“I suggest that gays do what they’ve been doing for decades: screwing everything in sight while tweeking out and remaining the most std laden demographic in the country! Stick to the bath houses and parks…it’s been a great blessing to your community.”

    I can’t imagine that any intelligent man (gay, straight or otherwise) can defend her BS attack. Sounds pretty self-loathing to me. Further on, she writes:

    “Is that why the word “c*nt” flies so easily from the mouths of gay men?”

    It’s no secret that the constant use of “that’s so gay” as an insult in high schools and middle schools is a phenomena perpetuated by unenlightened females. Hey, Kay, I don’t think it’s just gay mean who call you a c*nt; I’m sure plenty of straight men do too, and with good reason. Try being a little more enlightened, and you won’t hear that word as often from men, by which I mean men in general.

  38. says

    Some great comments here. I actually logged on to poke fun at the shoes they are wearing, but Rick sparked a serious thought instead. Obviously, every couple is free to follow whatever tradition they choose, but this does beg the broader (and deeper) question of why we gay people subscribe to so many heterosexual customs?

    I don’t think there is anything wrong or effeminate about being on the receiving end of a bended-knee proposal. But that is a clear heterosexual custom rooted in the idea that the man takes the wife’s hand in marriage and then assumes a dominant role in the relationship. It’s as traditional as the new bride being carried over the threshold of the home.

    I think our community is unique enough to develop its own rituals and traditions. We are allowed to be creative, right? There is nothing more boring than attending a gay wedding and seeing a tiered wedding cake with two male figures. We’re better than that!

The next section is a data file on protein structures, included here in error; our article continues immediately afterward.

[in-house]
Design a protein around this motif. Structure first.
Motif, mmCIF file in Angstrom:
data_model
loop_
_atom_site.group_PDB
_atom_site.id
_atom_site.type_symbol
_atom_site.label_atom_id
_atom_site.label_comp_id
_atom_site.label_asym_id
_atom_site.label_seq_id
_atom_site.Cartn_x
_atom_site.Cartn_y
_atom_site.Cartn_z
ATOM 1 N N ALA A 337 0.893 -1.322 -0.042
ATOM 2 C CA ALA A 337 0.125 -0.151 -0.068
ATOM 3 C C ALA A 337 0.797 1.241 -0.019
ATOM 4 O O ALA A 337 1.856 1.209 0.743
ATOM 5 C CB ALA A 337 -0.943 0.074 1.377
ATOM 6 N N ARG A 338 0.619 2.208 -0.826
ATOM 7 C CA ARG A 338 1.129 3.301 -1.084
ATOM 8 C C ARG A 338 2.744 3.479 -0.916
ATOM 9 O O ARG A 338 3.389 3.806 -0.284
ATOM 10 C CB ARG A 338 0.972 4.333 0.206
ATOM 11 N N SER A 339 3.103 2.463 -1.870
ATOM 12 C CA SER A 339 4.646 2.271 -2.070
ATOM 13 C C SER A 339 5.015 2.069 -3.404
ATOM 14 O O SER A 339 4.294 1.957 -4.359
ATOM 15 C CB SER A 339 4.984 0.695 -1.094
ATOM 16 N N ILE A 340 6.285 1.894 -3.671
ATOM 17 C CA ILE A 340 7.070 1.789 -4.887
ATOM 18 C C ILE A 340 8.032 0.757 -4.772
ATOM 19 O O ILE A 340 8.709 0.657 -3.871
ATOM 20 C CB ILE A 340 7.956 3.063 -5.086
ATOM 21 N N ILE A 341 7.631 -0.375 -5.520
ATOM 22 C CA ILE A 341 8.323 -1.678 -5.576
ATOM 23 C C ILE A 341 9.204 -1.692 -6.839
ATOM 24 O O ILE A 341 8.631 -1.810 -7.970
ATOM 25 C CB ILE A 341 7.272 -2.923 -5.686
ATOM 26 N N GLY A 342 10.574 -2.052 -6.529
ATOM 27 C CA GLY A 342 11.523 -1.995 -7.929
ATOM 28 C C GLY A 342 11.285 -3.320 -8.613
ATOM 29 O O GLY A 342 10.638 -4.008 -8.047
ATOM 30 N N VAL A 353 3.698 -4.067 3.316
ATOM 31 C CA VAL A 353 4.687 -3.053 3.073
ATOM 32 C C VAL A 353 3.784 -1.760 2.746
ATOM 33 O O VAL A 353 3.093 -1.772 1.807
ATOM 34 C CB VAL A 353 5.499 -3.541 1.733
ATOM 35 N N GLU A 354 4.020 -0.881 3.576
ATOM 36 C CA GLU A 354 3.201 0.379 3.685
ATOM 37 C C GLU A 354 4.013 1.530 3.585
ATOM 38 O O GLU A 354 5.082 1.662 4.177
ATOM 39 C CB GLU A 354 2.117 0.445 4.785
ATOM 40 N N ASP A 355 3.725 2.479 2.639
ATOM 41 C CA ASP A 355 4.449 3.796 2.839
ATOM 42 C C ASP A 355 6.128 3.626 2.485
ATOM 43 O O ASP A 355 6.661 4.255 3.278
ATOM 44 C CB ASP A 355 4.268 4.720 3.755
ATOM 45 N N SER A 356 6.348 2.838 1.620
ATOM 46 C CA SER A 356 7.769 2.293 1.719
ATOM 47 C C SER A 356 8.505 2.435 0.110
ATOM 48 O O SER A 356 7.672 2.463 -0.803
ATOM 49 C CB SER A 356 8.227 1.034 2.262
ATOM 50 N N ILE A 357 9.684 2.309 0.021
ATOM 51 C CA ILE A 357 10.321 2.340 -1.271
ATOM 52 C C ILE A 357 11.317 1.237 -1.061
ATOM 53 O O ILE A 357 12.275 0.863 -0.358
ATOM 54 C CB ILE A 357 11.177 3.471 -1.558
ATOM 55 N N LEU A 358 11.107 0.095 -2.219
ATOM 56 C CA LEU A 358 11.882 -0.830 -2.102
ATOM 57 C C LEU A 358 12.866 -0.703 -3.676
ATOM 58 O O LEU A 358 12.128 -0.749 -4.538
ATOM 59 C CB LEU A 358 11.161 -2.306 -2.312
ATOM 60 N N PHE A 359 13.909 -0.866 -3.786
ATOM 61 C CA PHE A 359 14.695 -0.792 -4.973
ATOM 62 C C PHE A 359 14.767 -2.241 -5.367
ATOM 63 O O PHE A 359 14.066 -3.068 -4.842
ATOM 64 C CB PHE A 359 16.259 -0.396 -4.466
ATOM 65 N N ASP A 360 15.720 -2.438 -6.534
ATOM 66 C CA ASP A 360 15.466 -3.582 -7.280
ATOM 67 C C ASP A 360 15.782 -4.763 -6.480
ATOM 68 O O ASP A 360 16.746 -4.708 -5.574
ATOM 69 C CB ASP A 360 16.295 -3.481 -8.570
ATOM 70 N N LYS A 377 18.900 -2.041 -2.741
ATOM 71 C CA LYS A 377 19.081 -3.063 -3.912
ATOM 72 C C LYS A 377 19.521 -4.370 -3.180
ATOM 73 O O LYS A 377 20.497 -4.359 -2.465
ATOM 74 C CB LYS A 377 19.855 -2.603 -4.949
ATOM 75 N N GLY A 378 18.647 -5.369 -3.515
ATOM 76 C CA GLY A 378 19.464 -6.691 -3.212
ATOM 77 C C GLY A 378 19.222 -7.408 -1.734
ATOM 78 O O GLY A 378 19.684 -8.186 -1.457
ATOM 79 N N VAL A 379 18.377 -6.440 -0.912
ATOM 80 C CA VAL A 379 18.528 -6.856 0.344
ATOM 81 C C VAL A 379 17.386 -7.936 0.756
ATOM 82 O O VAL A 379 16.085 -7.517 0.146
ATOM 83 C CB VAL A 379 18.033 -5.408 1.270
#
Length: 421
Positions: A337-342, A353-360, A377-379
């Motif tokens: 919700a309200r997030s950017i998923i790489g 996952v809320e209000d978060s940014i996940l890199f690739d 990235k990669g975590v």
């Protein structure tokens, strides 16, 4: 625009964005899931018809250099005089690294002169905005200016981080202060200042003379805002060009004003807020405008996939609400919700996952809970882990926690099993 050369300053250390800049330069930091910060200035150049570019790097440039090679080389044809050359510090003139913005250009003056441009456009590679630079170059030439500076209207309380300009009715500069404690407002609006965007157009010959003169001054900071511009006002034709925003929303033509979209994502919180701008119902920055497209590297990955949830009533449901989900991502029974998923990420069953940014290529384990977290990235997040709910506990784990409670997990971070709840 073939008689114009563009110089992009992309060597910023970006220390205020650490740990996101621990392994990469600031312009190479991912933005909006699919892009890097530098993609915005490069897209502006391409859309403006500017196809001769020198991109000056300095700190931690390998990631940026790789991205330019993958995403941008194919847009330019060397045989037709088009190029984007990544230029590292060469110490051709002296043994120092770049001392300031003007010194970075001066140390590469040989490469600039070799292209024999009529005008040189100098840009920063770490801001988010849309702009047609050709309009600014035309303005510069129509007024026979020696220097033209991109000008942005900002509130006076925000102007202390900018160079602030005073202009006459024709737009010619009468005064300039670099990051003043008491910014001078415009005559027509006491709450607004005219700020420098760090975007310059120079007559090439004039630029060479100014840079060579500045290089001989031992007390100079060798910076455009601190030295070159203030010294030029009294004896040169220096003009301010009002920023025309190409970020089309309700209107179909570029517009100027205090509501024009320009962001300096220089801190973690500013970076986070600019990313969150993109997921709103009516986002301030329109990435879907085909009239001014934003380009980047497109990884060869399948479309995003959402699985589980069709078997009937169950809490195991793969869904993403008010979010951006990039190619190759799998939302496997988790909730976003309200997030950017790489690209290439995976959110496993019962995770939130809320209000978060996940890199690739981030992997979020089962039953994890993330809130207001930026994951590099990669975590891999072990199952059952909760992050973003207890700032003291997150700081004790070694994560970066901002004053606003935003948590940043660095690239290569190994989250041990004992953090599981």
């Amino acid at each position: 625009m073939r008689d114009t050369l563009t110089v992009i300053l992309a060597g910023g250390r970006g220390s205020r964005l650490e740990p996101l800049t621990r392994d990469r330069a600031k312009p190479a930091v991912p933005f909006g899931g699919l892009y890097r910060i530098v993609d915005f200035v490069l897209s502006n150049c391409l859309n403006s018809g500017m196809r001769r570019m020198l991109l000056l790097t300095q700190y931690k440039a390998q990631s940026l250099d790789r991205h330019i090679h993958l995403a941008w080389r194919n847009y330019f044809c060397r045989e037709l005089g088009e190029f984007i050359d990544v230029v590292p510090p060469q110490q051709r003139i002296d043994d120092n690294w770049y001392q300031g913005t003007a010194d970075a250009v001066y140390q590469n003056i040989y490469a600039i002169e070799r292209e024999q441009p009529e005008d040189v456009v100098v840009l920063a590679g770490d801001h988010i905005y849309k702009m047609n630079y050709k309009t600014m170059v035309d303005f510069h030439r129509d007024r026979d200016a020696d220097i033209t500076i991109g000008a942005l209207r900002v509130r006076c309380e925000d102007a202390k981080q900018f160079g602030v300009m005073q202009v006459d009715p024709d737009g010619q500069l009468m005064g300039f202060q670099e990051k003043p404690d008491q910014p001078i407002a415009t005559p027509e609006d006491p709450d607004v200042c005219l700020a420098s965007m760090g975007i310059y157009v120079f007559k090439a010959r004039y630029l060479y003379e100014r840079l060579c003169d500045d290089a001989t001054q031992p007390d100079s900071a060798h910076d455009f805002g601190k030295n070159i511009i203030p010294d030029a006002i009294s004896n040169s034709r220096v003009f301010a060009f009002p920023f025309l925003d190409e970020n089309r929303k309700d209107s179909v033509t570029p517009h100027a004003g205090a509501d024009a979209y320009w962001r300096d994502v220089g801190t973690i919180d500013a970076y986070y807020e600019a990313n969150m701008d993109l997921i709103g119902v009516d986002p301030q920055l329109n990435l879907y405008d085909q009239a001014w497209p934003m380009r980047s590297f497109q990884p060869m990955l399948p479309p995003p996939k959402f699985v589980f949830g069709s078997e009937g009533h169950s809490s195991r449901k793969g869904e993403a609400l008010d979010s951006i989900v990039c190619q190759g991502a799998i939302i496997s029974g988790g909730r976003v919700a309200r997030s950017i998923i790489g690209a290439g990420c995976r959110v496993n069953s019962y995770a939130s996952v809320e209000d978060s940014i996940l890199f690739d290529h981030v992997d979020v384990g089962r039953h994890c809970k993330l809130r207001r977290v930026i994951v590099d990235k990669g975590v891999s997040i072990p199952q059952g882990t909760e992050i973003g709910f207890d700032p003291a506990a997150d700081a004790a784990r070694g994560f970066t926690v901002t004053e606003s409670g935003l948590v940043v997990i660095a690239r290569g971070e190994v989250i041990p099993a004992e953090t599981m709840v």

39. Artie_in_Lauderdale says

    @ ChristopherM,

    You respond to an obviously insulting, homophobic comment by Kay, a straight woman, by defending it. Perhaps you can take your self-loathing elsewhere. No, I won’t stop reminding you.

  40. ChristopherM says

    You aren’t wrong Isaiah. Sadly Rick and his cohorts turn every thoughtful discussion into a meeting of the He-Man Woman Haters Club.

    Artie, where the eff was I defending Kay?! Not once did I ever mention her, nor do I think she’s worth mentioning. Shall I print you off a program so you can keep all the players straight?

  41. Artie_in_Lauderdale says

    @ ChristopherM,

    I don’t think I’m splitting hairs. Rick posted a comment which started off by quoting the same noxious quote from Kay that I repeated in my own comment. Rick then called her on it. Your reply to Rick, very shortly after, was the following:

    “Rick, you may well be the most miserable homo on the planet. Please get some therapy and a Thorazine dart.”

    I don’t think I’m jumping to any wild conclusion to think that you’re responding to Rick’s comment just above your own comment, even though you don’t explicitly mention Kay. If anyone is splitting hairs, it’s you.